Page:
“My experiences with the doctors since moving to Costa Rica have continually, pleasantly surprised me. There's a wide array of options to combine the public healthcare system with private options once you're a resident. And even before you are a resident, access to private healthcare is high quality and affordable to pay for out of your pocket.
“I had bronchitis just before the holidays last year. I walked into a private clinic with no appointment and was seen right away. I paid $80, which covered my visit and the prescribed antibiotics and I was back home resting within an hour.
“Another thing that I really love has been the access to variety of alternative healthcare practitioners that seem to flock to Costa Rica. I work out a lot and I've found incredible sports massage therapists who offer deep tissue massages for $40 per hour. In the States, I could never see a reputable traditional physical therapist or masseuse for muscle soreness or sports injuries for that price.”
Malaysia attracts many retires for affordable, high-quality healthcare. All the doctors speak English and most were trained in the UK, U.S., or Australia so they are familiar with Western standards of care.
Many of the hospitals in Kuala Lumpur and Penang are Joint Commission International accredited, meaning that they are considered to meet the gold standard in healthcare throughout the globe.
Malaysia is second from the top in the Healthcare category with a score of 94.
Penang offers a world-class medical care, which expat Larry John experienced when he suffered a frozen shoulder. “I was unable to rotate my arm without feeling incredible pain,” says John. “In Canada, it would take at least three months to see a specialist.”
But in Penang he walked into the hospital and saw one. After the initial exam, he made an appointment with an orthopedic surgeon, who diagnosed the problem as a frozen shoulder.
“At 7 a.m. the next morning, I checked in for out-patient care and was put under general anesthesia, while the surgeon rotated the arm to loosen the frozen ligaments. The procedure itself took only minutes and I was very impressed with all the staff and the doctor from the time of check-in to check-out.”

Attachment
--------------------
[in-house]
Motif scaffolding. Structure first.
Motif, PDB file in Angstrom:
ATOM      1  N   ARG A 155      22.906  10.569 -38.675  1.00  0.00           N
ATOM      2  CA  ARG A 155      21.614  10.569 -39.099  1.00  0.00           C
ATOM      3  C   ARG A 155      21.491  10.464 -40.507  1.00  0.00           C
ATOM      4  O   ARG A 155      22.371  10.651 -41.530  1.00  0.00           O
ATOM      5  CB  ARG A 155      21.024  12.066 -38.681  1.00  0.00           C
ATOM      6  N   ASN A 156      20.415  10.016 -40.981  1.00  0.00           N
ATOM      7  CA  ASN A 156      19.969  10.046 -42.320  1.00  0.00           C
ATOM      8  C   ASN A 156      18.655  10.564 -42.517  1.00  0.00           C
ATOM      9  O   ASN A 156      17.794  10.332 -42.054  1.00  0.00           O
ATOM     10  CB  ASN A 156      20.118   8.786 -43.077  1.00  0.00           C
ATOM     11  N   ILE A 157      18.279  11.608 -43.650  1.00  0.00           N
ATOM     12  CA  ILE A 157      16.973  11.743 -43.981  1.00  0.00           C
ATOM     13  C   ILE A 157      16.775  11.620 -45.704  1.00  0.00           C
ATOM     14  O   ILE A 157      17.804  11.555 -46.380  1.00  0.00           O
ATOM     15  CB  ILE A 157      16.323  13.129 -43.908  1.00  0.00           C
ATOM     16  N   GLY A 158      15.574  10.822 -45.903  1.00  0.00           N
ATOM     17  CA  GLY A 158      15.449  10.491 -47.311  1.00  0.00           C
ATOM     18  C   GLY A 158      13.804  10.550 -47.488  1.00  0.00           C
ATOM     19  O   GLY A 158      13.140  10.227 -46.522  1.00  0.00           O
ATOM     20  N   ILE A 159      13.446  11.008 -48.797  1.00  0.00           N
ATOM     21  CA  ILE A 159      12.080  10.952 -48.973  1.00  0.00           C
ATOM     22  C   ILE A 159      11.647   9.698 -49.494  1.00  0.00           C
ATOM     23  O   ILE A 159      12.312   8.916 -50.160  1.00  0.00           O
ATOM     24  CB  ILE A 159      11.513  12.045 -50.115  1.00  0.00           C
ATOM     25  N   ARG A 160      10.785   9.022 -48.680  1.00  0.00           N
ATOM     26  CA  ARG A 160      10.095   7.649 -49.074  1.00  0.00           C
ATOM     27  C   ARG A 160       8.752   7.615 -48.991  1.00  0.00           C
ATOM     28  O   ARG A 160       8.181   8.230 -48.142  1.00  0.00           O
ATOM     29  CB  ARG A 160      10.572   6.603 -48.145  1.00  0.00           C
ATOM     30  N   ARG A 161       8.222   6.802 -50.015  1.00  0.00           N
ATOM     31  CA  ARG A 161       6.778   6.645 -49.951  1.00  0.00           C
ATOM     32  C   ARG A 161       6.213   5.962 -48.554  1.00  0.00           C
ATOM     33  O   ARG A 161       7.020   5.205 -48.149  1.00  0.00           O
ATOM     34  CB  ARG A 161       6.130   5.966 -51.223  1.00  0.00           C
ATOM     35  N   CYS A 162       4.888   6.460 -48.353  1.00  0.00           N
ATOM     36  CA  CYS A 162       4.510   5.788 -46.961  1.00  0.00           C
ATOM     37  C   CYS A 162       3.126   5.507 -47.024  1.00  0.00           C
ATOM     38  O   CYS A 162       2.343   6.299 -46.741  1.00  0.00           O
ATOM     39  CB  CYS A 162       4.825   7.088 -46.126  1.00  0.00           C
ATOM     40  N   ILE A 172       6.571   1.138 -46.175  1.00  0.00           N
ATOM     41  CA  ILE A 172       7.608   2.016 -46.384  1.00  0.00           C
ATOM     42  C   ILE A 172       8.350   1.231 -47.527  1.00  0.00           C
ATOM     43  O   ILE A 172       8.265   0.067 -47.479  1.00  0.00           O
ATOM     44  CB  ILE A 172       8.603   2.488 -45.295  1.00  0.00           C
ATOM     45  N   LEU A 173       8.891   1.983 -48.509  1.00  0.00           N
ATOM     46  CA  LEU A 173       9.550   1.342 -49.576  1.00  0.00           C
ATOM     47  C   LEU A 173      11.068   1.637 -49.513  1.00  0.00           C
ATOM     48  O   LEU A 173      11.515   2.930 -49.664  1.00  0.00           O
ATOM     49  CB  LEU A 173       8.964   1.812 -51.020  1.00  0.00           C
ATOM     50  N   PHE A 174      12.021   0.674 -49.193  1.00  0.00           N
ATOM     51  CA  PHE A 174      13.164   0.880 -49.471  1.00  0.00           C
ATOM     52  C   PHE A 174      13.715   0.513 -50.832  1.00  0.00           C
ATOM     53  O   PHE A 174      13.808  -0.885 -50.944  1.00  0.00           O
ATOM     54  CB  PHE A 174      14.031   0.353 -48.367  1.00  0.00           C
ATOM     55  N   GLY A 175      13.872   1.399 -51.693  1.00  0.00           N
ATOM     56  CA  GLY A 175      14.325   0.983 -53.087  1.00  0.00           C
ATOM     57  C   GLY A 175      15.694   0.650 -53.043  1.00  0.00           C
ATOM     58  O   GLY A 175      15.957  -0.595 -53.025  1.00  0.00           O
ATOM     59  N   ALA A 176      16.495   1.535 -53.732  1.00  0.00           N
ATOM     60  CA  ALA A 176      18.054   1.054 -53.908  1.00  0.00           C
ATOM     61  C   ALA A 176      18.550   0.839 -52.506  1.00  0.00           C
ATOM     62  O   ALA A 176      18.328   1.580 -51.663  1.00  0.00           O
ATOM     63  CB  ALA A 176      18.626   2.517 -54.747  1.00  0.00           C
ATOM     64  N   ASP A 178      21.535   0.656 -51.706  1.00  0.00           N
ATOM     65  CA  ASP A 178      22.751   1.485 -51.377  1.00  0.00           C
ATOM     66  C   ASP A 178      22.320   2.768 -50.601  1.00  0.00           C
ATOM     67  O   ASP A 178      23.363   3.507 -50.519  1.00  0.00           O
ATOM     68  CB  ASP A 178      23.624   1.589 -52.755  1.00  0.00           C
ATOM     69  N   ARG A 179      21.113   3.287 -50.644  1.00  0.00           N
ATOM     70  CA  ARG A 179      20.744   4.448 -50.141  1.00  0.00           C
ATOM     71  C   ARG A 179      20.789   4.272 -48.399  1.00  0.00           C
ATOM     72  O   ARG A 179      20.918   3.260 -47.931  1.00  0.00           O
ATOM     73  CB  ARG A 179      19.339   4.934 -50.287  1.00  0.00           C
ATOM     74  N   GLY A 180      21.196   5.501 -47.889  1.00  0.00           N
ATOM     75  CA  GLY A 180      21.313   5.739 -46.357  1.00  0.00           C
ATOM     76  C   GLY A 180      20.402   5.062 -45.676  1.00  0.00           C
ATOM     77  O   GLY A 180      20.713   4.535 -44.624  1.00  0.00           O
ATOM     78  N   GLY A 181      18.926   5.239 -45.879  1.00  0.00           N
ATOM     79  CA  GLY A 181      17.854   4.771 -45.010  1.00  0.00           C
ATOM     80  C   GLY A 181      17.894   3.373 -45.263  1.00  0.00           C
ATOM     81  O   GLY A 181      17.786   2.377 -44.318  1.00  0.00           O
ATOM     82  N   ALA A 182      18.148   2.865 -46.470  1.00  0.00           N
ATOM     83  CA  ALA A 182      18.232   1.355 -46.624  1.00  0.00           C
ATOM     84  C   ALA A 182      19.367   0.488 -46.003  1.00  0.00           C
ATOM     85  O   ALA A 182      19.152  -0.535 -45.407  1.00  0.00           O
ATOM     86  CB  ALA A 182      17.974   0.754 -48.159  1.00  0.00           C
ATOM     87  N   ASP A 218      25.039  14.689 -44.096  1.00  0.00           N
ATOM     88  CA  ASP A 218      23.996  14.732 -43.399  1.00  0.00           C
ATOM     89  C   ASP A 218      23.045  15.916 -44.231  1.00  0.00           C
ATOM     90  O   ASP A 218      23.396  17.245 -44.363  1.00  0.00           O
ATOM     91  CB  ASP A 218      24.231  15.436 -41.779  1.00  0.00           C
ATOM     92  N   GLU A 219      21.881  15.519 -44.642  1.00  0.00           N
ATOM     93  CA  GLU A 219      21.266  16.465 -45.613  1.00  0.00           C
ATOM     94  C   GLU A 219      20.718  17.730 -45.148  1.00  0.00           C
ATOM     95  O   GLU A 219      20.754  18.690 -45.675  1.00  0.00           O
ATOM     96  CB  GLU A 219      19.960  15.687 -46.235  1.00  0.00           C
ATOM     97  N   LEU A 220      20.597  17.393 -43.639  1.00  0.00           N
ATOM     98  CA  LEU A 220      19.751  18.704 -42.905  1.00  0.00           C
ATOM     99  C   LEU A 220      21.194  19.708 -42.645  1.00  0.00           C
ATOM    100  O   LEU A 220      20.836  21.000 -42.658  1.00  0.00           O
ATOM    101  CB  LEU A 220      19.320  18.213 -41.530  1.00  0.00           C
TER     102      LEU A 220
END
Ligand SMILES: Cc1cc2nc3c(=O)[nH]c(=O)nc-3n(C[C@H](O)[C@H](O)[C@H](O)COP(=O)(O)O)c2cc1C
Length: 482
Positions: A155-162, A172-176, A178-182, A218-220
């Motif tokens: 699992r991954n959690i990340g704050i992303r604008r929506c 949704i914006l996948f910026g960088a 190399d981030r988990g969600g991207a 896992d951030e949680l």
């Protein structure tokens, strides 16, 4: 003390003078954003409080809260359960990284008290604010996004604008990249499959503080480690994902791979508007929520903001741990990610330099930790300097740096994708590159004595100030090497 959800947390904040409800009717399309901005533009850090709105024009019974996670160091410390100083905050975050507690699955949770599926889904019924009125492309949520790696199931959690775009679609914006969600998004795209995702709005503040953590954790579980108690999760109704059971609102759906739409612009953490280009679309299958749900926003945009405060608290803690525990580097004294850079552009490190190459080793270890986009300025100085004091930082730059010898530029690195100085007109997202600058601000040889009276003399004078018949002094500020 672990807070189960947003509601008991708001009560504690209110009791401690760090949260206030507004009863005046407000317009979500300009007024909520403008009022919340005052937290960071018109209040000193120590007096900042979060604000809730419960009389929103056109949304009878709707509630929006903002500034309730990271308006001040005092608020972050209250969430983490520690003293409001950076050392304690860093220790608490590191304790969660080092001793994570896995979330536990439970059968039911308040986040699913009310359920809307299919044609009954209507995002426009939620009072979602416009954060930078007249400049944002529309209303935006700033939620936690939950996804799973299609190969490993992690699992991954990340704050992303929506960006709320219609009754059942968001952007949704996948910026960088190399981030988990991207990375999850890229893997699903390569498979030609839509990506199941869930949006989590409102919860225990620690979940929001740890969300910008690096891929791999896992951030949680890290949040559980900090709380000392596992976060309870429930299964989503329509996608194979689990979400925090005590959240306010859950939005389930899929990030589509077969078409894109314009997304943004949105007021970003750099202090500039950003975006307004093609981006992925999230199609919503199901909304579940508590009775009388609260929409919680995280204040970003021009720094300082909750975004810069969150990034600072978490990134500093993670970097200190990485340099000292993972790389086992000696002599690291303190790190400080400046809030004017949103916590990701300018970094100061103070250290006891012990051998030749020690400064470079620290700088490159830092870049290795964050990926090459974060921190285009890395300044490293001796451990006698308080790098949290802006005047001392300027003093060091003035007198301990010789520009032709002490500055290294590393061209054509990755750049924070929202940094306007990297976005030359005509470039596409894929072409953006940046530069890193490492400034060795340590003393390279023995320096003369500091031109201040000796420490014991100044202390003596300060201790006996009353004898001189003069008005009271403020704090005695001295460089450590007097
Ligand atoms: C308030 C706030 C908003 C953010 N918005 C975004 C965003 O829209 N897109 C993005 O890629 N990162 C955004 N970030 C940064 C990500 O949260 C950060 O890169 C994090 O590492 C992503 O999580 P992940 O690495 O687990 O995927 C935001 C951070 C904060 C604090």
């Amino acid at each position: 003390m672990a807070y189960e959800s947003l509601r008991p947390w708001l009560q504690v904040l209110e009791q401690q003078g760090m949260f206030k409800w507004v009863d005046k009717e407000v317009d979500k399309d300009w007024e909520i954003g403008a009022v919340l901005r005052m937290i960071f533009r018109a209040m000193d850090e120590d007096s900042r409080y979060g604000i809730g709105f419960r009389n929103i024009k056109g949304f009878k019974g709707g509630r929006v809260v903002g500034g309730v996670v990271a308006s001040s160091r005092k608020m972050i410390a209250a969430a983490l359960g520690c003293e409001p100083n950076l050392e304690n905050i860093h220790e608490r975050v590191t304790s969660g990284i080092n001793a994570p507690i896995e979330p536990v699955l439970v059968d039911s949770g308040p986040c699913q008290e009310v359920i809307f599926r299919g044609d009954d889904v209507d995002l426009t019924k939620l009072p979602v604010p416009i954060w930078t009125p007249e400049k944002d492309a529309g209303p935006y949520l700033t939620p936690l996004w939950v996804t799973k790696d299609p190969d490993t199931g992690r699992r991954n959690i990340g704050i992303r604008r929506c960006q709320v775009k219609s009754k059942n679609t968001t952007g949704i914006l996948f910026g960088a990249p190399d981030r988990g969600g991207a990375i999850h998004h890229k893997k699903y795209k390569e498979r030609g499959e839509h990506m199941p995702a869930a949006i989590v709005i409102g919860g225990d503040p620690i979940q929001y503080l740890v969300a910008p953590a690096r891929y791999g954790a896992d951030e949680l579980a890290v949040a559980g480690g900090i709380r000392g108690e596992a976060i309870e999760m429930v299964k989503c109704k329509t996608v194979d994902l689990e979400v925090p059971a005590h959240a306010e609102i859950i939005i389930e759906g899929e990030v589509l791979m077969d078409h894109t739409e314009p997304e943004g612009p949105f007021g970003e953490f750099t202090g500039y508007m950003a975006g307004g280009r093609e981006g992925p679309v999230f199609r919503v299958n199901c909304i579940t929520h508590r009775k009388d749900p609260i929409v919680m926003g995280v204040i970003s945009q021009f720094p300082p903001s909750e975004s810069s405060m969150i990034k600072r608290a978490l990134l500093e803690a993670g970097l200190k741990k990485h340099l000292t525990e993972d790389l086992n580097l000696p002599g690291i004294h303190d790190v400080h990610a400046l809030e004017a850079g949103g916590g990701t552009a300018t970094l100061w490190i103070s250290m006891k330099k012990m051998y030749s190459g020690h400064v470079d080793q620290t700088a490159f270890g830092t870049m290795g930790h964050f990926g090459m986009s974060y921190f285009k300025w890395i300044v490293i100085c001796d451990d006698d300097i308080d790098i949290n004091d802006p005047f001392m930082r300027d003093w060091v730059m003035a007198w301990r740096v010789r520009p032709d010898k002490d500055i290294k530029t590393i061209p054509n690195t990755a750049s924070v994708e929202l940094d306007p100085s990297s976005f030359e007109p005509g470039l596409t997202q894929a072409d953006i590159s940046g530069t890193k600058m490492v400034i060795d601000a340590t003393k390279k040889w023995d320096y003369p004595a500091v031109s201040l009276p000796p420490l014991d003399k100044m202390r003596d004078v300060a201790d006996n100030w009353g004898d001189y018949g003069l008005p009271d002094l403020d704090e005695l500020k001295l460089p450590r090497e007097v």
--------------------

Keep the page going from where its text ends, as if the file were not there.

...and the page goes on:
In two days, Mr. John resolved the issue without surgery and the total cost was just $1,167. To aid in the healing process, he went to a local physucal therapist for a couple of hours of therapy and home exercises. Each session was only $14 to $16.
Many retirees have been drawn to Colombia’s top-class healthcare with five of Colombia’s hospitals being JCI accredited, the gold standard in world healthcare.
There are many excellent hospitals and clinics all around Colombia which offer services from routine office visits and testing, to complex procedures such as joint replacements, organ transplants, ICU services, and cancer treatment—bringing Colombia into third place with a score of 93.
“As a retired healthcare executive, I know what I’m talking about when I say that the quality of care for expats in Colombia is excellent,” says International Living’s Colombia Correspondent, Nancy Kiernan.
Kiernan lives in Medellin with her husband Mike and says, “I have had laboratory tests, a mammogram, tests for cervical cancer, and a biopsy. In each case, the process was quick, the facilities were state-of-the-art, and most of the results were available online within a day or two.”